May is Ehlers-Danlos Awareness Month, and Mental Health Awareness Month. This month also contained an awareness day for Fibromyalgia and Chronic Fatigue Syndrome, both of which I’ve been diagnosed with along the way.
In honor of all of these events occurring in May, I would like to go on the record about a side of chronic illness that people often don’t talk about, the interaction between physical and mental illness. I believe this goes unspoken about, because the general public so often gets it wrong. They tend to believe that if we experience anxiety or depression (or both), then our physical illness must be psychosomatic, or “in our heads.” I also believe that if we don’t talk about it, to set the record straight, then people will never stop saying these things.
I am a person living with both physical and mental illness. In childhood, I was diagnosed with OCD, Generalized Anxiety Disorder, and Major Depression. For the most part, these conditions are well-managed with medication and tactics I learned in Cognitive Behavioral Therapy (CBT) growing up. I also live with Hypermobile Ehlers-Danlos Syndrome and many of the co-morbid conditions that tend to accompany it.
I want to make it clear that while my mental illness did not make me physically ill (my genetics took care of that one for me), my physical illness does make my mental health infinitely harder to manage. The reasons for this are two-fold:
First, being chronically ill can create feelings of depression and anxiety even if you have not already been diagnosed with these conditions when you become sick. Being sick means that you often aren’t able to do the things you used to do, and likely have more limitations than you once did. There is a grieving process involved if your illness came on or worsened quickly. Additionally, having to make changes in things that people tend to use to define themselves, like employment and hobbies, can leave you feeling worthless. Finding your new (chronically ill) self is a process, and doesn’t happen overnight. If you also find yourself regularly cancelling plans with friends, you will likely hear from them less often. All of these things and more can trigger depression and anxiety.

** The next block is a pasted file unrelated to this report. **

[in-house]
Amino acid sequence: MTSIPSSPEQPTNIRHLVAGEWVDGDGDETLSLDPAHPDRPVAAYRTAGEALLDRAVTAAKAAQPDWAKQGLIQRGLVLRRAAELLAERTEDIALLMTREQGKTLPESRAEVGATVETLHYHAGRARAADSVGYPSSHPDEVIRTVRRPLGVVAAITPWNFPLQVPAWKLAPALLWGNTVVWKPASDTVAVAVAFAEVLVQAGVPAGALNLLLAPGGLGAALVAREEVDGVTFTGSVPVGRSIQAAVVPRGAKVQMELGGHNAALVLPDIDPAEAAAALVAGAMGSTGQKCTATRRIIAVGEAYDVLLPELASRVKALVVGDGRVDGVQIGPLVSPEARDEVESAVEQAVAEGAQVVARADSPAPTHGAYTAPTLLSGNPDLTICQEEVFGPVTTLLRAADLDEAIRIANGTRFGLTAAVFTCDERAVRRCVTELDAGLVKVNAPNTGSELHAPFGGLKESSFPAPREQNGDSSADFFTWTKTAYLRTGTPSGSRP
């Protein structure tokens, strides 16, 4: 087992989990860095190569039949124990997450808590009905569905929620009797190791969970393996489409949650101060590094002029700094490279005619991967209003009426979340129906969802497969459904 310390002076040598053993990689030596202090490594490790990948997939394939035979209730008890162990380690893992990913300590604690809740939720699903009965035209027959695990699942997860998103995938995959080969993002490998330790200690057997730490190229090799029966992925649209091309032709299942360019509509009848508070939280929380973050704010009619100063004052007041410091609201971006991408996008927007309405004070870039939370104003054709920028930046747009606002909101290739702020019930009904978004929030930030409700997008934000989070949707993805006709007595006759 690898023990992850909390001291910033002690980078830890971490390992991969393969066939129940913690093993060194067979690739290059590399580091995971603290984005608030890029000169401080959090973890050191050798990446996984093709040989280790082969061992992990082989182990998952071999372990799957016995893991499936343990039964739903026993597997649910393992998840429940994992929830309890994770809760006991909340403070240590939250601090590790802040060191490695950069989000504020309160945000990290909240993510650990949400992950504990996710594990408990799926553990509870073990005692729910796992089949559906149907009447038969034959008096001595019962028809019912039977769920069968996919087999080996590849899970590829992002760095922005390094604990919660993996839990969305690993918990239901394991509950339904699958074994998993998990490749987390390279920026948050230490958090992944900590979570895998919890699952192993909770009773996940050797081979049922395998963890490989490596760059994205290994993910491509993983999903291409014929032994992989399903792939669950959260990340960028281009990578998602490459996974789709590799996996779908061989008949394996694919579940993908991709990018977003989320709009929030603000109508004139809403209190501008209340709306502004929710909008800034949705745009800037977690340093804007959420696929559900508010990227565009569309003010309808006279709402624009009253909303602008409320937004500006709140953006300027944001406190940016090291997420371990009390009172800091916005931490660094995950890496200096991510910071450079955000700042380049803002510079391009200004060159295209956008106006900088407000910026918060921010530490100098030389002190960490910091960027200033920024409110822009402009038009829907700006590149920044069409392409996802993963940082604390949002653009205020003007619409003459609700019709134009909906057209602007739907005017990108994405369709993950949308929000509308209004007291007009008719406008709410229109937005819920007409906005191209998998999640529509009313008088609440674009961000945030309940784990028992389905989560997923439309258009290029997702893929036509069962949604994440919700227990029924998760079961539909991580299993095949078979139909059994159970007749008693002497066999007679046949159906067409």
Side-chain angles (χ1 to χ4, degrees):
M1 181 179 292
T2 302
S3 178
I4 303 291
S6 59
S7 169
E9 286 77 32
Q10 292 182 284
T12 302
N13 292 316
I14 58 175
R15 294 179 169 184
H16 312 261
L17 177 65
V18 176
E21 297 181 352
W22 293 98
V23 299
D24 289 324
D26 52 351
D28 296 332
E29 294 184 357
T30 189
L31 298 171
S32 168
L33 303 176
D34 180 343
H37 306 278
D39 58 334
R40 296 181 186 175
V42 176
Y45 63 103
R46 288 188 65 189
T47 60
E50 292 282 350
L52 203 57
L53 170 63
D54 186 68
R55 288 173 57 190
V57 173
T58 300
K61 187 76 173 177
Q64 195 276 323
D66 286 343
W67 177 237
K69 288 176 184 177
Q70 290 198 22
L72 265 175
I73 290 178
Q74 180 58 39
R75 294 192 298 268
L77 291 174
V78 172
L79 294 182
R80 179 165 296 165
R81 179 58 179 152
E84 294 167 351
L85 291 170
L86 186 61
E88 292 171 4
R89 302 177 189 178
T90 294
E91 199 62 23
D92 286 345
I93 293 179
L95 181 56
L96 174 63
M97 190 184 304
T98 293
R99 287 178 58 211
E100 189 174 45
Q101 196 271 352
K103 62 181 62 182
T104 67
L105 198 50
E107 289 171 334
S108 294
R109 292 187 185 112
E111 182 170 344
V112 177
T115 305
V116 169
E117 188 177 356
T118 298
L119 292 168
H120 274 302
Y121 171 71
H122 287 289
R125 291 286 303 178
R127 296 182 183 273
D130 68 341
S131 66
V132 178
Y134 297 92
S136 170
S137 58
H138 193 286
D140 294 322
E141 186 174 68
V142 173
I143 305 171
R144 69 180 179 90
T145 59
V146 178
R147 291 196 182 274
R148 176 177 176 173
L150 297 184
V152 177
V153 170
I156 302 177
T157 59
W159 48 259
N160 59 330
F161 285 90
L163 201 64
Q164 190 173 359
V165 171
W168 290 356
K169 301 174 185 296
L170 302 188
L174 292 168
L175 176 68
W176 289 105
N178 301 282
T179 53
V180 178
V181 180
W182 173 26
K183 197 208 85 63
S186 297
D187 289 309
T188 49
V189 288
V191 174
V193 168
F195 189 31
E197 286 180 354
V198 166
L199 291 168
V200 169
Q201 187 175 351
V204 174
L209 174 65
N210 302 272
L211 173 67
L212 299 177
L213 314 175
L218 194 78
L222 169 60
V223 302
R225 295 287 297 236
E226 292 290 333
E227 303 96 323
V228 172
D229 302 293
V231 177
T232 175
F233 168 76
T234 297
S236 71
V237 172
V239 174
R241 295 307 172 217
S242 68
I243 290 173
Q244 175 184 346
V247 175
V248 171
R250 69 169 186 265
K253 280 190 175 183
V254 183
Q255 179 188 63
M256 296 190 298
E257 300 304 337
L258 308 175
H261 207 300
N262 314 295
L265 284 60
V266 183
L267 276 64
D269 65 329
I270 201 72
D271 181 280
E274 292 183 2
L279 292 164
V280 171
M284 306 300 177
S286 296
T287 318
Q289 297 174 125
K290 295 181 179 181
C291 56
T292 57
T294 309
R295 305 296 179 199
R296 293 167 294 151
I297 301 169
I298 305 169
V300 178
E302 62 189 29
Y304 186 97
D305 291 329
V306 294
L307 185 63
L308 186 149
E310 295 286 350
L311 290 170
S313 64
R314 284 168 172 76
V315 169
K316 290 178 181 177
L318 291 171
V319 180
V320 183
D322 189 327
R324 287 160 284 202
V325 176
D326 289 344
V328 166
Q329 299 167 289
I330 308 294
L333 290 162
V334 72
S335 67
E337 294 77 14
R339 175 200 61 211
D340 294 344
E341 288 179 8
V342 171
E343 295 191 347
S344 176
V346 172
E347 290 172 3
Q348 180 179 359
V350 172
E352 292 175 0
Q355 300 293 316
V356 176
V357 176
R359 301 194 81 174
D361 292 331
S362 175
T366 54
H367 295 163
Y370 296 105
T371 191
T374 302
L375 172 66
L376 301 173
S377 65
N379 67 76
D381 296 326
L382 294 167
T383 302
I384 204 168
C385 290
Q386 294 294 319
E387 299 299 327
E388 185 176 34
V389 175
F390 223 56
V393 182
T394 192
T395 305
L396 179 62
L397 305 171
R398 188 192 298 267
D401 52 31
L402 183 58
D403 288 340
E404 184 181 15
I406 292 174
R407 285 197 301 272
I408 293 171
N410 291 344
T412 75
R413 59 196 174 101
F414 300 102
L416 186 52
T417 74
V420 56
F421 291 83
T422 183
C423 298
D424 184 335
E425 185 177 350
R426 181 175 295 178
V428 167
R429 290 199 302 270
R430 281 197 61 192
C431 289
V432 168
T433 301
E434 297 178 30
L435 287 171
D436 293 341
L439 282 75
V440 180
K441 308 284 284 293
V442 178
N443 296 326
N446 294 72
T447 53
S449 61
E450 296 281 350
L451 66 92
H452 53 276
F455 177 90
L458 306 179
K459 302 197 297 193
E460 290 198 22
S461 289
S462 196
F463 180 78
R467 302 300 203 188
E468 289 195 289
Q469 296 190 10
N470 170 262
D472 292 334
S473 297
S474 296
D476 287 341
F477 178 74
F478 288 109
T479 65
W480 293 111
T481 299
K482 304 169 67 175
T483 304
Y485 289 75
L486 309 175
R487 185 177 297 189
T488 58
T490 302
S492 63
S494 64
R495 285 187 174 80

Being chronically ill also requires that you keep a close watch on how you are feeling and what you do that could possibly improve or worsen symptoms. Variables include but are not limited to: medication, diet, and activity level/exercise. Tracking how you are feeling in accordance with what you put into your body, and what you ask from it, is valuable because it can help you learn what your body needs to function, and what it can and cannot tolerate. Unfortunately, it can also result in feelings of anxiety about when symptoms will worsen, and self-blame when it inevitably happens. Regularly documenting, and therefore being aware of how little control you truly have over your illness can be an all too real trigger for anxiety and depression.
Second, some of the medications prescribed to help with chronic pain (as seen in many chronic illnesses including EDS, Fibromyalgia, and chronic migraine) can have psychiatric side effects. I feel that this trigger for anxiety and depression in chronic illness patients is even less talked about than the emotional impact of chronic illness itself. Maybe it’s because this reaction is uncommon, but I know from online patient communities that I am not even nearly the only person to have this experience.
During my adult life, my medication has made me suicidal on three different occasions. Thankfully, I have never made a suicide attempt. This is largely because I have been able to realize that it is my medication making me feel that way (thanks to all that tracking) and reach out to family members and my doctors for help. Some are not so lucky.
After weathering three episodes of major depression with suicidal ideation brought on by the very medications that were meant to treat my condition, here is what I want people to know: The risks these medications present are real. If I didn’t have the support system that I do, I might not be alive to write this today. I am by no means suggesting that patients should not have access to medications that treat neuropathic pain. They help people (including me – I finally found one that doesn’t do this to me).
I only want others to know that while my physical illness is very real, and not remotely all in my head, the reality of living with it, and the available treatment options have made maintaining my mental health a much larger struggle then it would have been otherwise (not the other way around). I am willing to bet that I am not alone in this.